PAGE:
Eurovision costs are borne by Licence Fee payers and the EBU has been pretty vocal about its support for the system. We are, as you might expect, slightly less keen on a fee that makes up 10% of our criminal cases and which crowds out private competitors

The good thing is we’re not likely to win the contest any time soon. When Azerbaijan hosted the contest in 2012 they spent £48m on it and got just £7m back in tourism revenues, Copenhagen in 2014 spent £36m and got £13m back. It’s better if you do it on the cheap, Malmo spent £17m and got an estimated £16m back. Last year’s hosts Kiev ended up spending around £30m, it destroyed plans to reform the state broadcaster into a private one and took up nearly a quarter of its annual budget. 

I’m not going to say whether Eurovision is worth it (I have spent a lot of this week listening to the songs on repeat via my private subscription to Spotify, or watching videos supported by adverts on YouTube) but we should know how much our publicly funded broadcasters spend on events in our name and perhaps we should be more open to private broadcasters taking up the reins. 
 

Not that we expect anyone to thank us but housing policy is working

We have, for a number of years now, been pointing out that what ails the British housing market is really very simple. We have a shortage of permits that allow one to build on specific pieces of land.

We do not have a shortage of land - housing is 3% of so of our land area. We don't have a shortage of land where people wish to live either - given the inevitability of positional goods like a mansion in Mayfair at least - nor even, over time, of the ability to build more housing.

We've just a legal structure and a bureaucracy dedicated to not allowing people to build housing without those permits in artificial shortage.

Recent policy has been, not as fast as we'd like, not as big a change as we'd like but in the right direction at least, to issue more of such permits. The result being, as even The Guardian notices

At last, a reason to celebrate: house prices are falling.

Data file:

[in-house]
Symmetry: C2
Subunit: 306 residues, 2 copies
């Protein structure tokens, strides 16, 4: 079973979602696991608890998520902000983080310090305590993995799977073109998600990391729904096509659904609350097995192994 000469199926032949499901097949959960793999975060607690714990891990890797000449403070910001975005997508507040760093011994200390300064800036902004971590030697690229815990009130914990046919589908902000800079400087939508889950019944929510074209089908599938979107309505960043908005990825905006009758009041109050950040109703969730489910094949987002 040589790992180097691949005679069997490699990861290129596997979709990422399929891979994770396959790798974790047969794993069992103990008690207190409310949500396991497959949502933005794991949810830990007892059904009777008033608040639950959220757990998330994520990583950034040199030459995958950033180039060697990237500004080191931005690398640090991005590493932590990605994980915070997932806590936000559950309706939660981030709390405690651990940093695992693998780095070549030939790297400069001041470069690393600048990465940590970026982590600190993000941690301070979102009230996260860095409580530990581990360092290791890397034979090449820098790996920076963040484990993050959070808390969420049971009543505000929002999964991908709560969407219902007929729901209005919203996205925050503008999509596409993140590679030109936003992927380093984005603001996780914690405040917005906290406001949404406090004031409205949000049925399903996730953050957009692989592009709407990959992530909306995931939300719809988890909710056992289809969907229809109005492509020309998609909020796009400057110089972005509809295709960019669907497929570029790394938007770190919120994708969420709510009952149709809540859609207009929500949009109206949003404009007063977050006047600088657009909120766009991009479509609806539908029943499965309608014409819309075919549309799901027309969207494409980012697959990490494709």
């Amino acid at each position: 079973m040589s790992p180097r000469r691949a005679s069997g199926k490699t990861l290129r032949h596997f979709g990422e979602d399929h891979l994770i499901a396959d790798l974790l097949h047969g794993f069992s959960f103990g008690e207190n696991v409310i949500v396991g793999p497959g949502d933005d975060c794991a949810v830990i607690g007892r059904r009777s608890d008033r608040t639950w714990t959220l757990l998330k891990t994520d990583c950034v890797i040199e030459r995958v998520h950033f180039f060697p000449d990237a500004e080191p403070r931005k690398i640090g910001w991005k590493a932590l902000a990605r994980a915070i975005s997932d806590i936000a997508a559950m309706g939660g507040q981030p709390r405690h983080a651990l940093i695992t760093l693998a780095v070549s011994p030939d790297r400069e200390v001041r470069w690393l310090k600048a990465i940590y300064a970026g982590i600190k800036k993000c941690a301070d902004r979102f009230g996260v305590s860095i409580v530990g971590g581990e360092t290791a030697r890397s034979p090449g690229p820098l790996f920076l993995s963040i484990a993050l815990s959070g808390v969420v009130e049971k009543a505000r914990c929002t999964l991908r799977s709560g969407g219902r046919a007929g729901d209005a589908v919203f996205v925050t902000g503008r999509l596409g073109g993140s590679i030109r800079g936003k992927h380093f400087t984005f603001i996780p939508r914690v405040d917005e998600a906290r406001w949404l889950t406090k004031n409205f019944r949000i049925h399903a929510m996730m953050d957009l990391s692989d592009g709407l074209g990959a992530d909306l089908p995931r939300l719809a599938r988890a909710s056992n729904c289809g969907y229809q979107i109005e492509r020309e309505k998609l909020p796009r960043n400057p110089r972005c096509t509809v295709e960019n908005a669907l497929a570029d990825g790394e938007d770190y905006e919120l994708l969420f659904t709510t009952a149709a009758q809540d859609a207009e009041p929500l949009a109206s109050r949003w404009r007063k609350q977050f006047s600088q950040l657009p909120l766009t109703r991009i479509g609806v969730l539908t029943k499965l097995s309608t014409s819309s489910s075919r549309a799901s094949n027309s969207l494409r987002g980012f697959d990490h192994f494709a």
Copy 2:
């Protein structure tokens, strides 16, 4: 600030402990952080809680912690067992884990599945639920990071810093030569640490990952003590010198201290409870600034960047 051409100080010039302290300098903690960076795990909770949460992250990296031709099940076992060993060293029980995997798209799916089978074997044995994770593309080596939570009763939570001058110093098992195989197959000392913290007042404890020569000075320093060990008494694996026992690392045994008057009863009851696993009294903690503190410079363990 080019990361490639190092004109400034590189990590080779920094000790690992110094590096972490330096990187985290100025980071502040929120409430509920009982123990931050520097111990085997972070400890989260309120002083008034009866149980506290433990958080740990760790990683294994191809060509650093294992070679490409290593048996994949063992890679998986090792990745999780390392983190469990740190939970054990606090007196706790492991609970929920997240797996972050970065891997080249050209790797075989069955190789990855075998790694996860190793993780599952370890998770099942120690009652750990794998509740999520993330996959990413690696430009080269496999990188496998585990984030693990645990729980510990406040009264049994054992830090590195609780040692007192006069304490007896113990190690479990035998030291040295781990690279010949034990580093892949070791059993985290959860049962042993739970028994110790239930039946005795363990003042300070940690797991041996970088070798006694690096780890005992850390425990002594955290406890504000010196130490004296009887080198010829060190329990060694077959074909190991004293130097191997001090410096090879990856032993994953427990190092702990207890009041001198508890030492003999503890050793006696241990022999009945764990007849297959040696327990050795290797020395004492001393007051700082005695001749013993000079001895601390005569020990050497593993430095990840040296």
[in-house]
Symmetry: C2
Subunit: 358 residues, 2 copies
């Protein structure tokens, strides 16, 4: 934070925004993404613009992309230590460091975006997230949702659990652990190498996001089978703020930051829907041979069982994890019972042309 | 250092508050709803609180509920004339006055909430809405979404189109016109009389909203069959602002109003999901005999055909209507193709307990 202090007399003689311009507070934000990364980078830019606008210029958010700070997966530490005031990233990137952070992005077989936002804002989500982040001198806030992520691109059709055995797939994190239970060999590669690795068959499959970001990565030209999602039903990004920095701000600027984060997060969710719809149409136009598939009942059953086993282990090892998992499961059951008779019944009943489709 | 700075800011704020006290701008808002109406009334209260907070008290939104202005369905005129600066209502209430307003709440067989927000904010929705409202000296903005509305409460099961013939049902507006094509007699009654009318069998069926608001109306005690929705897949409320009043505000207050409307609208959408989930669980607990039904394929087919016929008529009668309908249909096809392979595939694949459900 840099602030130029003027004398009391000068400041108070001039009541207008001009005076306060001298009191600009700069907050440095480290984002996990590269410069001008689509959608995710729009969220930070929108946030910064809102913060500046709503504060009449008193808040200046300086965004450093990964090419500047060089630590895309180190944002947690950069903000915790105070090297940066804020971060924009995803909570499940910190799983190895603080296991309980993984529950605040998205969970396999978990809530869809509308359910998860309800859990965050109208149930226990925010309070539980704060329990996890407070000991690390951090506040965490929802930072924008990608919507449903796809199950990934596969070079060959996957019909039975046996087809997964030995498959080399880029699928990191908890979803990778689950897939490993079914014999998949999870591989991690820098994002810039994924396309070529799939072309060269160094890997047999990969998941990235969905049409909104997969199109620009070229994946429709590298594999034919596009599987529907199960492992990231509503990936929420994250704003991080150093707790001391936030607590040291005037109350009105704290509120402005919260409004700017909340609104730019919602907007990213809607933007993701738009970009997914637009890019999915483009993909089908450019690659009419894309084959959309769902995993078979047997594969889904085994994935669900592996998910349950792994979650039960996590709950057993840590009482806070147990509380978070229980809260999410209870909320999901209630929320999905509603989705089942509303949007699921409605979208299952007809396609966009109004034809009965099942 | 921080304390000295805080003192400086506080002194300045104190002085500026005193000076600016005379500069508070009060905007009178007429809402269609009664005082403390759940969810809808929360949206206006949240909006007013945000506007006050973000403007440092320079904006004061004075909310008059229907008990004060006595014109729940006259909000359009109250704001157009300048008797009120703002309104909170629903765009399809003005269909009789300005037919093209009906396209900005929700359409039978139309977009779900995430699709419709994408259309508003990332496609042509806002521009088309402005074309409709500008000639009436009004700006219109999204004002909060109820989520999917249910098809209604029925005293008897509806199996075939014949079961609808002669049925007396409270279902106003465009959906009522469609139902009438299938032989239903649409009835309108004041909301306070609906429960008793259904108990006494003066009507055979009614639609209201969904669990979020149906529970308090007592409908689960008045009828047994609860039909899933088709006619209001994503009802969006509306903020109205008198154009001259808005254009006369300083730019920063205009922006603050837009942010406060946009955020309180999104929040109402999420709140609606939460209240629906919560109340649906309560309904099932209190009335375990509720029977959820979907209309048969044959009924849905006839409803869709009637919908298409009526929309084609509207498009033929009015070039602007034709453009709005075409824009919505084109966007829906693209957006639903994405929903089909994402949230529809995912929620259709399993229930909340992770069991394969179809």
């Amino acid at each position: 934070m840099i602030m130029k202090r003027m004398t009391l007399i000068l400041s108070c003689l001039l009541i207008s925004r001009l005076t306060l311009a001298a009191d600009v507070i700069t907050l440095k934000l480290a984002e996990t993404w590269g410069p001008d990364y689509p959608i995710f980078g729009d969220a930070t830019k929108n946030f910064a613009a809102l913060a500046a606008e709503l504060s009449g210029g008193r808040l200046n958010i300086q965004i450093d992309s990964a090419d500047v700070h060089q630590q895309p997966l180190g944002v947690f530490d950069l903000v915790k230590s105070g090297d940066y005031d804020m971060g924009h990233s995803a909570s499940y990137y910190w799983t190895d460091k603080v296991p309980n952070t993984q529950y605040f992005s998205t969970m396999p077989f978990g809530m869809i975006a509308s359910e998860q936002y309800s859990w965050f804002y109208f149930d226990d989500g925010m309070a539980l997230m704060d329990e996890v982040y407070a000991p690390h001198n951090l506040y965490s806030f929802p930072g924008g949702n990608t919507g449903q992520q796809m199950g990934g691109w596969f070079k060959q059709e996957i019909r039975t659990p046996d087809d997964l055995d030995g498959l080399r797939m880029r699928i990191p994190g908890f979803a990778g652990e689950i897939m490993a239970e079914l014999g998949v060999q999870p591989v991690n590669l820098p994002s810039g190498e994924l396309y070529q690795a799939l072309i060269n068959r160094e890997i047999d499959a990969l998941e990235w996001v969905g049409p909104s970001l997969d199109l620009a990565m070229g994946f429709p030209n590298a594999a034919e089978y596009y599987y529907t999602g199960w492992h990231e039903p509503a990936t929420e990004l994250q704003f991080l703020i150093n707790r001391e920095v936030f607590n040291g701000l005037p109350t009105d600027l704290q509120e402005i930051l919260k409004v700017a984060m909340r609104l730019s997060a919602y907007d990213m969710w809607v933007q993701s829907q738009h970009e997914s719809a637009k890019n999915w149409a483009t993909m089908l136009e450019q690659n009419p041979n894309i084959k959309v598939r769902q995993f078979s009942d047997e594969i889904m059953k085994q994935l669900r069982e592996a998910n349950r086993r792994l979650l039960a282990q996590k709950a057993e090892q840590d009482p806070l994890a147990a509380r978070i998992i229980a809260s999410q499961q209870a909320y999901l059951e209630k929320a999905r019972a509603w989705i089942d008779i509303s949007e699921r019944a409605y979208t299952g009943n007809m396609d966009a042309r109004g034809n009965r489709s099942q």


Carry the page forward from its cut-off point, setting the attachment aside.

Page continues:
We're not the sort who would boast of having told you so, heaven forfend that we should be so self-regarding.

But, you know, we did tell you so.

These markets things, the interaction of supply and demand changing prices, they really do work, are a useful description of that reality out there.

The history of property rights in Judeo-Christianity

Yesterday evening, we hosted the author and historian Benedikt Koehler who presented a whistle-stop tour through 2,500 years of thinking on property rights in Judeo-Christianity. John Locke’s contention that everyone has a right to own property now seems so obvious it is hard to imagine how it could ever have been contentious.

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However, the opposite notion - that land was beyond the reach of private ownership - had been axiomatic from the beginnings of Judeo-Christianity and throughout most of the Middle Ages.

You can view the slides from Benedikt's lecture by clicking here, and listen to our Facebook Live recording here.

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Cat & Dog Economics

Books, poems, films and theatre productions have been written and produced over many decades celebrating the unconditional devotion and affection that exists between dogs, cats and their owners: A Streetcat named Bob; Clare Balding’s delightful book My Animals and Other Family about her maternal bulldog Candy; and the incredible story from Australia of Sophie Tucker the castaway dog, to name but a few.

However far less has been recorded of the parallels to Human Health from owning a companion animal, in what is an effectively largely overlooked adjunct to Social Welfare.

Dr Leigh Plummer, A Sydney Clinical Psychologist has drawn on his experience working with people suffering from mental health issues to demonstrate how owning a cat or a dog can improve owners’ sense of self, from walking the dog, communicating with other dog owners in the park which can help those suffering depression and sense of isolation. 

Owning a cat can provide companionship in the home and alleviate loneliness especially for the elderly or infirm and the daily routine provided by feeding, cuddles, and stroking can make for a more rewarding life for many who live alone.